If you are new to gardening, then one of the most difficult decisions is what to plant next to each other. Plants are fickle at the best of times, and if you choose the wrong companion plant, then you might find that your entire crop is destroyed. In particular, finding the perfect companion plant for your peppers can be a difficult task.
In an ideal world, you want your companion plant to deter any potential pests or threats that could harm your peppers. You cannot simply plant your vegetables as and where you please, it has to be a military-style operation if you want all of your plants to grow successfully.
If you are struggling to find the perfect companion plant for your peppers, you are in the right place. In this guide, we’re looking at the best (and worst) companions for your peppers. So, let’s get started.
What is a Companion Plant?
Companion planting is a technique used by gardeners to help protect their crop. It requires you to plant two plants alongside each other with the goal of protecting one plant by using the other as a deterrent. Some pests will feast on some plants, but be completely turned off by others.
This technique uses the deterrent plant to protect the attractive plant, ensuring that both grow successfully, ready for harvest. Some companion pairings are more successful than others. So, let’s take a look at the best companion plants for protecting your peppers.
The BEST Companion Plants
We’re going to kick this list off with a potentially controversial option, and that is tomatoes. Some people think that tomatoes cannot grow alongside peppers, but in our experience these two plants work well together. This isn’t as straightforward as some other companion plants, but it is very effective.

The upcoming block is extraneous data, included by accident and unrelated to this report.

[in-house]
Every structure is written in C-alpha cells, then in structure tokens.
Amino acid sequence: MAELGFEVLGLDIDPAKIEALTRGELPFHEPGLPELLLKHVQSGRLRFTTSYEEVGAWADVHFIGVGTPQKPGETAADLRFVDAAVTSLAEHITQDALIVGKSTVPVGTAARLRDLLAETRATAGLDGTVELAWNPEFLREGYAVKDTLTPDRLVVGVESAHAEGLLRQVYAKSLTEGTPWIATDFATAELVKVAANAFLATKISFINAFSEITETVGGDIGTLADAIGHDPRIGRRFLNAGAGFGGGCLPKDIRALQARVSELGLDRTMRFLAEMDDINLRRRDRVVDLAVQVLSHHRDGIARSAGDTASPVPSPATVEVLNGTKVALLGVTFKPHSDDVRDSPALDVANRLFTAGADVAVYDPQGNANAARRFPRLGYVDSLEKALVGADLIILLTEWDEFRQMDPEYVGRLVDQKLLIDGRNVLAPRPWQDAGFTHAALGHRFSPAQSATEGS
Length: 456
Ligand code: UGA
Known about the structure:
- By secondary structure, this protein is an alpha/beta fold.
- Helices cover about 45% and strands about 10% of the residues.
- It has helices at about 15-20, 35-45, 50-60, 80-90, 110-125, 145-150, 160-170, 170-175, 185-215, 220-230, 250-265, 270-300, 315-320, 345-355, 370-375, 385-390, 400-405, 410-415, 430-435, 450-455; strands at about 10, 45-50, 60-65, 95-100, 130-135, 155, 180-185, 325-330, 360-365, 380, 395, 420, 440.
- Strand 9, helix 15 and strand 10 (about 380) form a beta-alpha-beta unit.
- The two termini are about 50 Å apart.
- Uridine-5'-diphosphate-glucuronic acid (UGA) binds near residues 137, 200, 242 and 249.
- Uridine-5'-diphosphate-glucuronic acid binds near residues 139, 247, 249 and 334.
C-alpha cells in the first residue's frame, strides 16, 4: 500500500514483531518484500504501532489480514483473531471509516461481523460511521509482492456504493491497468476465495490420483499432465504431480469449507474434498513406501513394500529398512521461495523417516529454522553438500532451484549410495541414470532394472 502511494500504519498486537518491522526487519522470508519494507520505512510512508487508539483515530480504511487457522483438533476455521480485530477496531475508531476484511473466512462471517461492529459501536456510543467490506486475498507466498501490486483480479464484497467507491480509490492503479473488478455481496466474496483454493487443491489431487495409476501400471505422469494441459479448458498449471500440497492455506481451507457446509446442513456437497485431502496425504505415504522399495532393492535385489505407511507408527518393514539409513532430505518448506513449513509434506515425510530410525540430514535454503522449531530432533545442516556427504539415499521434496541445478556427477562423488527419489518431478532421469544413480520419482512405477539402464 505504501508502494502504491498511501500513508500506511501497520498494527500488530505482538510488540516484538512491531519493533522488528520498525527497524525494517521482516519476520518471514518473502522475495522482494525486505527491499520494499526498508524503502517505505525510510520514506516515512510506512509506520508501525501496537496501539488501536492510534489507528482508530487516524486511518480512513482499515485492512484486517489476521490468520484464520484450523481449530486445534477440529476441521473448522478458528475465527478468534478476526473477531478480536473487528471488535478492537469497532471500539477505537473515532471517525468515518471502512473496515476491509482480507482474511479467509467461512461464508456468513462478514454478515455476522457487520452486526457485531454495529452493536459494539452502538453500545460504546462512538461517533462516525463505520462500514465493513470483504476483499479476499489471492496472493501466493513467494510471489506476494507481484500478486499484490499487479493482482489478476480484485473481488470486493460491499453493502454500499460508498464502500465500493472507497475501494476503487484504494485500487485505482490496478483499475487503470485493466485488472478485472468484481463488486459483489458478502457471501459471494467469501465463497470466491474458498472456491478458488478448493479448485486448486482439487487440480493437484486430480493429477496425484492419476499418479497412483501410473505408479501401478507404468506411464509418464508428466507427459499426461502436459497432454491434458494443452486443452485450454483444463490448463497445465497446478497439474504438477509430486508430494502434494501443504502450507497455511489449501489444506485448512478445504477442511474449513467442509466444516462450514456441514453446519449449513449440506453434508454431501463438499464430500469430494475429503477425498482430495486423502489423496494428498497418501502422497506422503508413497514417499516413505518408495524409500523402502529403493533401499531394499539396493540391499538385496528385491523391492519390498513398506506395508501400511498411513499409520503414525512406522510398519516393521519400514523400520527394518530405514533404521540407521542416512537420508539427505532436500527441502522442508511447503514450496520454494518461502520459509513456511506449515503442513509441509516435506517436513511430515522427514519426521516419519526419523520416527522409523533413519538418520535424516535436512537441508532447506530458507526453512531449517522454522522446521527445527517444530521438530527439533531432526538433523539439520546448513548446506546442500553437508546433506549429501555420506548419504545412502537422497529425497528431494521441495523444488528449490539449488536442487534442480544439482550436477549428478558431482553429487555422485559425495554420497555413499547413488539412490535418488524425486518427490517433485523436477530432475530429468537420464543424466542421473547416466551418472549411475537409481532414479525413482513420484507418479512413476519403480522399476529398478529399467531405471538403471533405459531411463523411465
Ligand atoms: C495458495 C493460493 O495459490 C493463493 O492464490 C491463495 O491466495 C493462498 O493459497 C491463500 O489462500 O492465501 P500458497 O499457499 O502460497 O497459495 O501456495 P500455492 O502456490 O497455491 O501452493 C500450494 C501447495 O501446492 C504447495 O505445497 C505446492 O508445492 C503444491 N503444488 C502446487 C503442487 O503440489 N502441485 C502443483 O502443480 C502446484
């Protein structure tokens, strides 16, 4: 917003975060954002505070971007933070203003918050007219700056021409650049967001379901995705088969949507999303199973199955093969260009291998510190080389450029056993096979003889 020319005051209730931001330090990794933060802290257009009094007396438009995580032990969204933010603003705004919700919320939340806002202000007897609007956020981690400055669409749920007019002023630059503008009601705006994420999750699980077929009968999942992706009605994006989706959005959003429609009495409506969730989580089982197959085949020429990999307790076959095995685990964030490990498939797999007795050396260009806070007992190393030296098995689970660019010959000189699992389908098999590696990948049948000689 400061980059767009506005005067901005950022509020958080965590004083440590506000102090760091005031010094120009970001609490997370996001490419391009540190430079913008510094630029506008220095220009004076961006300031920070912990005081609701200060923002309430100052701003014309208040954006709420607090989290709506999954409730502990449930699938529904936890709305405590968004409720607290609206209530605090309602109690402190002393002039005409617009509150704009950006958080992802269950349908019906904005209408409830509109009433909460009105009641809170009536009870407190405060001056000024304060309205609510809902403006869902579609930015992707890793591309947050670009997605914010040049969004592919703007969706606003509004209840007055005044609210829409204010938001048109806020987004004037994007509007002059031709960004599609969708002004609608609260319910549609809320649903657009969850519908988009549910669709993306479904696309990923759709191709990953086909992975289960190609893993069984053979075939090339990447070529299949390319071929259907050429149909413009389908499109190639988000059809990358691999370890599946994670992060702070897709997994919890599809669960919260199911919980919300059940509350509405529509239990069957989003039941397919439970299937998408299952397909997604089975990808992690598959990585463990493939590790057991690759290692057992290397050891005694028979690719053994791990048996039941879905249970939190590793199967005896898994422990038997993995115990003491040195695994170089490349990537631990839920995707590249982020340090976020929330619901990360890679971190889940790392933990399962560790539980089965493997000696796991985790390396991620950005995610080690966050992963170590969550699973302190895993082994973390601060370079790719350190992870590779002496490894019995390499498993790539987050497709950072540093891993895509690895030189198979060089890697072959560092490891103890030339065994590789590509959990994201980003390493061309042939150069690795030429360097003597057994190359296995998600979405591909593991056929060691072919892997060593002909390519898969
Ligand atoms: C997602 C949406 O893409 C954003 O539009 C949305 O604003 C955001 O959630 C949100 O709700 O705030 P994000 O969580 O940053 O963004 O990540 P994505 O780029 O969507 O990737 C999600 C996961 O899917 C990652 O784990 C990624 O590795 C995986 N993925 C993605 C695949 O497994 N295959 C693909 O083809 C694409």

For both your tomatoes and peppers to grow well alongside each other, you will need to rotate the crop every year to avoid any damage caused by root pathogens. You should also keep a sizeable gap between the tomatoes and the peppers. But, if they are planted in the same pot, the tomatoes should help protect your peppers.
2. Brussels Sprouts
Some people find Brussels sprouts a very difficult plant to grow, but these vegetables actually thrive when they are grown alongside peppers. A lot of people run into pest issues when growing Brussels sprouts, but growing them alongside peppers can help limit the risk of this.
However, Brussels sprouts are definitely an acquired taste, so before you use these as your companion plant, you might want to ask yourself if you are going to eat them. Or if you know someone who will eat them. Brussels sprouts are a love or hate vegetable, so it is pointless growing them if they aren’t going to be used.
If you want a companion plant that has a low footprint, then you might opt for beets. These are generally a vegetable that most people love, so they will not go to waste. Additionally, they pair incredibly well with peppers, and both plants make an excellent companion for one another.
Beets make an excellent companion plant as they are very hardy. They will grow pretty much anywhere in your garden, and they usually grow very well. But, it is usually best to avoid planting your beets too close to sweetcorn as this can damage their growth, and could result in them being smaller than planned.